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Nicaragua divided over death of revolutionary leader

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“We were victims of arrogance,” he told me in 2005, as we sat in his office amid walls covered in photos of Borge posing with a virtual "who’s who" list of US-identified bogymen: Fidel Castro, Col. Muammar Qaddafi, and Yassir Arafat, to name a few. Borge also kept a photograph of Sandinista namesake Gen. Augusto Sandino posing with his father, a revolutionary from the 1930s.

Borge told me the next Sandinista government, which returned to power in 2007, would implement “more realistic” policies and not repeat the mistakes of land confiscations, nationalizations, or mandatory military service. And so far, despite a couple of notable stumbles, the Sandinista government of today has clearly set a different tack than it did in the 1980s.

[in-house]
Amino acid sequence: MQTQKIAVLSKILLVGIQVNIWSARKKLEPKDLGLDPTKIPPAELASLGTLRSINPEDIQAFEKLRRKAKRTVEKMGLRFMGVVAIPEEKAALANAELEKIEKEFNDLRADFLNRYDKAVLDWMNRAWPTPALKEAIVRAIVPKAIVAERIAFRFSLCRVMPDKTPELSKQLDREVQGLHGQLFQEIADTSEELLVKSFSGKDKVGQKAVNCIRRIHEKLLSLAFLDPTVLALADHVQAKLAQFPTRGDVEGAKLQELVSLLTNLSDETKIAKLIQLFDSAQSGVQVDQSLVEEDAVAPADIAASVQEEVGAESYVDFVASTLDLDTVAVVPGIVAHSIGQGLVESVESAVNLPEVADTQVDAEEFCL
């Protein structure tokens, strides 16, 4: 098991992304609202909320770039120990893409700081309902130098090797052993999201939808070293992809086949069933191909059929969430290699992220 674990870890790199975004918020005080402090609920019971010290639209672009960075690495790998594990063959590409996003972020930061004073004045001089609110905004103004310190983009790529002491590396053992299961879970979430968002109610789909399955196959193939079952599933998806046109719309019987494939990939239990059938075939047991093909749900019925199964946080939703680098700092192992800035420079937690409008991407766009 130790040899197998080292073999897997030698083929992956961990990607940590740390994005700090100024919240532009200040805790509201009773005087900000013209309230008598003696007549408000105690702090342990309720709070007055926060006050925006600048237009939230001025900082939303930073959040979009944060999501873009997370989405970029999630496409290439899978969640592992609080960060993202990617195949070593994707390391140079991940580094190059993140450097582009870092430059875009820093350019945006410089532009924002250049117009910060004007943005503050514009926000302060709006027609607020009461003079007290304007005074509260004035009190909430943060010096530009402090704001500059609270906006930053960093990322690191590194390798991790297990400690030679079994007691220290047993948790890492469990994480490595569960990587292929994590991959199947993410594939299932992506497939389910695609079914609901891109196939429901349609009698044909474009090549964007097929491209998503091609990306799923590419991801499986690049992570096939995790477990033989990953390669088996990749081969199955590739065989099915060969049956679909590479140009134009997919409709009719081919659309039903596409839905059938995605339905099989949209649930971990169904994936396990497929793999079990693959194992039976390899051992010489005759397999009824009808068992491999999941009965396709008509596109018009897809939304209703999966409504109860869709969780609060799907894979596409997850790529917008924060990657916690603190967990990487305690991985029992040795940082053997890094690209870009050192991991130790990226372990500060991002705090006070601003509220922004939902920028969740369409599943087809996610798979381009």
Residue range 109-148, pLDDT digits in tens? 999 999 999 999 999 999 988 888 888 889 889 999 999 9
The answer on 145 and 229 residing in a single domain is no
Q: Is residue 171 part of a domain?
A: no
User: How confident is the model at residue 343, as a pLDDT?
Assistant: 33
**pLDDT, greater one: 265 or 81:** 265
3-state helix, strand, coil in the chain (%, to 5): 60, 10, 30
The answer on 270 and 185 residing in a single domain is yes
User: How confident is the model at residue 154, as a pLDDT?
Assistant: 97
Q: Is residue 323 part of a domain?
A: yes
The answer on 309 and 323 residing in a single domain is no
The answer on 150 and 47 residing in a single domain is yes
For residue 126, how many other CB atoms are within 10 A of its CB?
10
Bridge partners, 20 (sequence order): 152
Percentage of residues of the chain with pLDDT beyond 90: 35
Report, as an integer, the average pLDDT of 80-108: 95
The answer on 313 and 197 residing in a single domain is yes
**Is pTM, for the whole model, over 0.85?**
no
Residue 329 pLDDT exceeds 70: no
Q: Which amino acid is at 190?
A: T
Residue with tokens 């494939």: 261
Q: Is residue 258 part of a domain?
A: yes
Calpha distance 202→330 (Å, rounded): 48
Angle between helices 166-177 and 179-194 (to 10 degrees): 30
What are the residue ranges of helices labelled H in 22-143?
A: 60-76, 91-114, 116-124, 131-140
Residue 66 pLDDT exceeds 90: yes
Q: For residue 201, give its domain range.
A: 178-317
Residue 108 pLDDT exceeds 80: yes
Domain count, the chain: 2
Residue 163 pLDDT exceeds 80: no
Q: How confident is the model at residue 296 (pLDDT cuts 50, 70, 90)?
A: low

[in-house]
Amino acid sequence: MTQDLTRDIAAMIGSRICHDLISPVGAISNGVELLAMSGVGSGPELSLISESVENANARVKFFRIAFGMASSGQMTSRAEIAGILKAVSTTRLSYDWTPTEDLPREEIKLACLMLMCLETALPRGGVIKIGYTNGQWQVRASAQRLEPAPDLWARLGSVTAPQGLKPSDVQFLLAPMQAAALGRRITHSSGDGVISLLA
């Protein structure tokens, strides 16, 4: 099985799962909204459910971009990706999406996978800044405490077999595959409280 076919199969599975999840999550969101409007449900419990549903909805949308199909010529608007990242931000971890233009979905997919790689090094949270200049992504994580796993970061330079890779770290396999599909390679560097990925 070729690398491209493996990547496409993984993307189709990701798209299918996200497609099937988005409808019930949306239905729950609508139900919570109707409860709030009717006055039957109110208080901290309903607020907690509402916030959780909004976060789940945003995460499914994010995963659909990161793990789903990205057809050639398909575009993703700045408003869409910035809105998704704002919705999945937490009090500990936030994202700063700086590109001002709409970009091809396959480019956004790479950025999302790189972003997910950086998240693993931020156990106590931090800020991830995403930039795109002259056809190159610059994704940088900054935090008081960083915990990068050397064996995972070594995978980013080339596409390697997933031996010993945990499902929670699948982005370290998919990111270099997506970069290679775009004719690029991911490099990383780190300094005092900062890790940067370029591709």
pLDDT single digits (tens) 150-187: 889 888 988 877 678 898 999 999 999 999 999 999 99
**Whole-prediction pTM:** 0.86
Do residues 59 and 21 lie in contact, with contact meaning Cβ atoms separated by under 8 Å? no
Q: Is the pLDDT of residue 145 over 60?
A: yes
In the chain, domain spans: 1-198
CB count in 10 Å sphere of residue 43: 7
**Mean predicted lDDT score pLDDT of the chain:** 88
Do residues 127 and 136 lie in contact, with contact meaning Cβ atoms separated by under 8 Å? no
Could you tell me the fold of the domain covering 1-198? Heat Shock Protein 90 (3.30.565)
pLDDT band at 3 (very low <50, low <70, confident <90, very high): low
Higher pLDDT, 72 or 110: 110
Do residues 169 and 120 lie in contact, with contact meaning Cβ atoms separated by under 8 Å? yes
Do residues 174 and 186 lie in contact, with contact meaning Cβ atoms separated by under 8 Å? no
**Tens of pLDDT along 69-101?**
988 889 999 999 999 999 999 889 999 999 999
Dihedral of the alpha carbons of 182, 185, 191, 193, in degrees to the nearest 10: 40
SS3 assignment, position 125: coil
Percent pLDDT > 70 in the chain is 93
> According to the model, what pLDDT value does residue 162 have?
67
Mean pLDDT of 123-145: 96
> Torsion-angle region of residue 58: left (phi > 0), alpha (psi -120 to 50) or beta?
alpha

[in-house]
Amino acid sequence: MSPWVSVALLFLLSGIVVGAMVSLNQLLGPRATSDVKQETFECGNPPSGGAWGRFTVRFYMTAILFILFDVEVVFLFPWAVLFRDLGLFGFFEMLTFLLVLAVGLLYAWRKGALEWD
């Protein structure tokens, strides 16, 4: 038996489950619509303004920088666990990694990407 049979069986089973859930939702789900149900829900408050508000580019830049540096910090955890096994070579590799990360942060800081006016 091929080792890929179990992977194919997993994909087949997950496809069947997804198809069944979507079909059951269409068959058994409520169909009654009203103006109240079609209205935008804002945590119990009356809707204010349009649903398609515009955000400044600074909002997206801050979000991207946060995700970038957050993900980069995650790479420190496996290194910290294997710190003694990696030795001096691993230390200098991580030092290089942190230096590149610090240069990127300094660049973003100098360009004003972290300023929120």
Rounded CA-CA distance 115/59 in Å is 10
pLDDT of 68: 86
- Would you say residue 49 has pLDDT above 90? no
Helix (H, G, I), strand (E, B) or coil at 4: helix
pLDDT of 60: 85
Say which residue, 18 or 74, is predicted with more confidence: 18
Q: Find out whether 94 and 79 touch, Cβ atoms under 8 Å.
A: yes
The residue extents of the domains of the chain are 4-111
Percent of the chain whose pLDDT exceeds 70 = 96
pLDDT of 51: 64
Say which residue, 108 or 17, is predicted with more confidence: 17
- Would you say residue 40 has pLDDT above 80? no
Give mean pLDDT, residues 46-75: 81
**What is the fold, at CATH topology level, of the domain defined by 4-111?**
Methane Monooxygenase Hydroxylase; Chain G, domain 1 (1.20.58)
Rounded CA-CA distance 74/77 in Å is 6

René Núñez, president of the Sandinista-dominated National Assembly, said Borge was a man who “dedicated his life to the liberty of Nicaragua.”

“He defended Nicaragua; he was Nicaragua,” Núñez said.

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